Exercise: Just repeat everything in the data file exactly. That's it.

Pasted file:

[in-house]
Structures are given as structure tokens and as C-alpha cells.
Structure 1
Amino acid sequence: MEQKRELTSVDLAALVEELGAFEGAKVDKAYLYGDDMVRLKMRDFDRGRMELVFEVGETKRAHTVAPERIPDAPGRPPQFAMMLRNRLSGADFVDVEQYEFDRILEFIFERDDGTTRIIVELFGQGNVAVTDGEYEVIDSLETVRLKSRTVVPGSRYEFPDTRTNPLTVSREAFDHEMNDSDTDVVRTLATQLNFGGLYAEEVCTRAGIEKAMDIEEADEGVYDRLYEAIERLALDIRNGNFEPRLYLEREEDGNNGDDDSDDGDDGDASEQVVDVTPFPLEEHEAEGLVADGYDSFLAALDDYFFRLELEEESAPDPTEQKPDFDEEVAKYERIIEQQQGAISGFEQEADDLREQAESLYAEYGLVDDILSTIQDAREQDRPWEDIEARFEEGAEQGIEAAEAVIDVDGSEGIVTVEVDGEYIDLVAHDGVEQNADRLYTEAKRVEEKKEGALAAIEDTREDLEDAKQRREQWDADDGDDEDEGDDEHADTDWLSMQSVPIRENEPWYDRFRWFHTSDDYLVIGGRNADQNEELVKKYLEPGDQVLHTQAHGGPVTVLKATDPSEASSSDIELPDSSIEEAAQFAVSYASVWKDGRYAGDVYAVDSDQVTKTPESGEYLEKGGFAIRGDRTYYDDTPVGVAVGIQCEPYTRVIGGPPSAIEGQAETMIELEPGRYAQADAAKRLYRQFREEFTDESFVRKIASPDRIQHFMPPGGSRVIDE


[in-house]
Structures are given as structure tokens and as C-alpha cells.
Structure 1
Amino acid sequence: MEQKRELTSVDLAALVEELGAFEGAKVDKAYLYGDDMVRLKMRDFDRGRMELVFEVGETKRAHTVAPERIPDAPGRPPQFAMMLRNRLSGADFVDVEQYEFDRILEFIFERDDGTTRIIVELFGQGNVAVTDGEYEVIDSLETVRLKSRTVVPGSRYEFPDTRTNPLTVSREAFDHEMNDSDTDVVRTLATQLNFGGLYAEEVCTRAGIEKAMDIEEADEGVYDRLYEAIERLALDIRNGNFEPRLYLEREEDGNNGDDDSDDGDDGDASEQVVDVTPFPLEEHEAEGLVADGYDSFLAALDDYFFRLELEEESAPDPTEQKPDFDEEVAKYERIIEQQQGAISGFEQEADDLREQAESLYAEYGLVDDILSTIQDAREQDRPWEDIEARFEEGAEQGIEAAEAVIDVDGSEGIVTVEVDGEYIDLVAHDGVEQNADRLYTEAKRVEEKKEGALAAIEDTREDLEDAKQRREQWDADDGDDEDEGDDEHADTDWLSMQSVPIRENEPWYDRFRWFHTSDDYLVIGGRNADQNEELVKKYLEPGDQVLHTQAHGGPVTVLKATDPSEASSSDIELPDSSIEEAAQFAVSYASVWKDGRYAGDVYAVDSDQVTKTPESGEYLEKGGFAIRGDRTYYDDTPVGVAVGIQCEPYTRVIGGPPSAIEGQAETMIELEPGRYAQADAAKRLYRQFREEFTDESFVRKIASPDRIQHFMPPGGSRVIDE